Write your own memcpy() and memmove()

The memcpy function is used to copy a block of data from a source address to a destination address. Below is its prototype.

void * memcpy(void * destination, const void * source, size_t num);

The idea is to simply typecast given addresses to char *(char takes 1 byte). Then one by one copy data from source to destination. Below is implementation of this idea.

// A C implementation of memcpy()
#include<stdio.h>
#include<string.h>

void myMemCpy(void *dest, void *src, size_t n)
{
   // Typecast src and dest addresses to (char *)
   char *csrc = (char *)src;
   char *cdest = (char *)dest;

   // Copy contents of src[] to dest[]
   for (int i=0; i<n; i++)
       cdest[i] = csrc[i];
}

// Driver program
int main()
{
   char csrc[] = "GeeksforGeeks";
   char cdest[100];
   myMemCpy(cdest, csrc, strlen(csrc)+1);
   printf("Copied string is %s", cdest);

   int isrc[] = {10, 20, 30, 40, 50};
   int n = sizeof(isrc)/sizeof(isrc[0]);
   int idest[n], i;
   myMemCpy(idest, isrc,  sizeof(isrc));
   printf("\nCopied array is ");
   for (i=0; i<n; i++)
     printf("%d ", idest[i]);
   return 0;
}

Output:

Copied string is GeeksforGeeks
Copied array is 10 20 30 40 50

What is memmove()?

memmove() is similar to memcpy() as it also copies data from a source to destination. memcpy() leads to problems when source and destination addresses overlap as memcpy() simply copies data one by one from one location to another. For example consider below program.

// Sample program to show that memcpy() can loose data.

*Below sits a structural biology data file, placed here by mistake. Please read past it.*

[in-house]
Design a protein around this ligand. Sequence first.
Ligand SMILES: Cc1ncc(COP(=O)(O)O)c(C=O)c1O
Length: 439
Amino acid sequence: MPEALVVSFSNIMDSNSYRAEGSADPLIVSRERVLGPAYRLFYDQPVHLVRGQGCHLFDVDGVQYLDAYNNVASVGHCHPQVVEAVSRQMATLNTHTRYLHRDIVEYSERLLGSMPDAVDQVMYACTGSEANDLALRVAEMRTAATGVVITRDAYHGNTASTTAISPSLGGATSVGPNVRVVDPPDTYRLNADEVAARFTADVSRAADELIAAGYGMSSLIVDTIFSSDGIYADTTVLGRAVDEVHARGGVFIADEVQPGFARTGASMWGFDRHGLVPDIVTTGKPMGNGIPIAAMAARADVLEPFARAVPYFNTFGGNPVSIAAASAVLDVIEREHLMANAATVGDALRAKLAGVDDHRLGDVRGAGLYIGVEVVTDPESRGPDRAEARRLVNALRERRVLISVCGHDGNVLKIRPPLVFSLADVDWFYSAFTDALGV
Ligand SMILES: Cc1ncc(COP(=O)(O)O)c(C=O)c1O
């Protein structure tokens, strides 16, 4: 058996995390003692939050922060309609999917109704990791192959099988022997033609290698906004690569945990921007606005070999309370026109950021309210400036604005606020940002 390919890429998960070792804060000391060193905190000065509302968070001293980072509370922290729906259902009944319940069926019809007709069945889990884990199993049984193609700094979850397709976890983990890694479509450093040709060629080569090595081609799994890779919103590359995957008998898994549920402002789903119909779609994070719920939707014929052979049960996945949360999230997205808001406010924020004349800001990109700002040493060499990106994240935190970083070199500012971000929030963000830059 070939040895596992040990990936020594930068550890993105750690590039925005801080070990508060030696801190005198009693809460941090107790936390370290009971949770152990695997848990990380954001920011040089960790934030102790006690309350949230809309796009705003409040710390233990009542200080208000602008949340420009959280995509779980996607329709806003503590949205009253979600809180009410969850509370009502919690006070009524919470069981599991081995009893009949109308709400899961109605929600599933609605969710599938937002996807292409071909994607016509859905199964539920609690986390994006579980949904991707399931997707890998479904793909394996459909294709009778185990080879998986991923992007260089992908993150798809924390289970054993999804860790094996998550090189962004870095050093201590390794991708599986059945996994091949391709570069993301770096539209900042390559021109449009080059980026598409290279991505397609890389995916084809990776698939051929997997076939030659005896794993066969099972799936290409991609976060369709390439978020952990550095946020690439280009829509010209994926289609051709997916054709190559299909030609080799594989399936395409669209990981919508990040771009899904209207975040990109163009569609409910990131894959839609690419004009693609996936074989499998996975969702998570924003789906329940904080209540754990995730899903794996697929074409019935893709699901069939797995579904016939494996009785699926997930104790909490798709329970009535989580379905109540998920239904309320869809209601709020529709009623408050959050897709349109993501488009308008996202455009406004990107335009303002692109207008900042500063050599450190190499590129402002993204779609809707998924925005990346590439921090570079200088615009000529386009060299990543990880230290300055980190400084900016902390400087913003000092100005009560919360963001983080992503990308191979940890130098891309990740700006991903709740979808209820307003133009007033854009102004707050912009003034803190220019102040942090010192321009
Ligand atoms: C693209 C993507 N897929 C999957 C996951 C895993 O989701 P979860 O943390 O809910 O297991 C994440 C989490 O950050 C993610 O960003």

#include <stdio.h>
#include <string.h>
int main()
{
   char csrc[100] = "Geeksfor";
   memcpy(csrc+5, csrc, strlen(csrc)+1);
   printf("%s", csrc);
   return 0;
}

Output:

GeeksGeeksGeek

Since the input addresses are overlapping, the above program overwrites the original string and causes data loss.

// Sample program to show that memmove() is better than memcpy()
// when addresses overlap.
#include <stdio.h>
#include <string.h>
int main()
{
   char csrc[100] = "Geeksfor";
   memmove(csrc+5, csrc, strlen(csrc)+1);
   printf("%s", csrc);
   return 0;
}

Output:

GeeksGeeksfor

How to implement memmove()?

The trick here is to use a temp array instead of directly copying from src to dest. The use of temp array is important to handle cases when source and destination addresses are overlapping.

//C++ program to demonstrate implementation of memmove()
#include<stdio.h>
#include<string.h>

// A function to copy block of 'n' bytes from source
// address 'src' to destination address 'dest'.
void myMemMove(void *dest, void *src, size_t n)
{
   // Typecast src and dest addresses to (char *)
   char *csrc = (char *)src;
   char *cdest = (char *)dest;

   // Create a temporary array to hold data of src
   char *temp = new char[n];

   // Copy data from csrc[] to temp[]
   for (int i=0; i<n; i++)
       temp[i] = csrc[i];

   // Copy data from temp[] to cdest[]
   for (int i=0; i<n; i++)
       cdest[i] = temp[i];

   delete [] temp;
}

// Driver program
int main()
{
   char csrc[100] = "Geeksfor";
   myMemMove(csrc+5, csrc, strlen(csrc)+1);
   printf("%s", csrc);
   return 0;
}

Output:

GeeksGeeksfor

Optimizations:
The algorithm is inefficient (and honestly double the time if you use a temporary array). Double copies should be avoided unless if it is really impossible.

In this case though it is easily possible to avoid double copies by picking a direction of copy. In fact this is what the memmove() library function does.

By comparing the src and the dst addresses you should be able to find if they overlap.

– If they do not overlap, you can copy in any direction
– If they do overlap, find which end of dest overlaps with the source and choose the direction of copy accordingly.
– If the beginning of dest overlaps, copy from end to beginning
– If the end of dest overlaps, copy from beginning to end
– Another optimization would be to copy by word size. Just be careful to handle the boundary conditions.
– A further optimization would be to use vector instructions for the copy since they’re contiguous.

This article is contributed by Saurabh Jain. Please write comments if you find anything incorrect, or you want to share more information about the topic discussed above.

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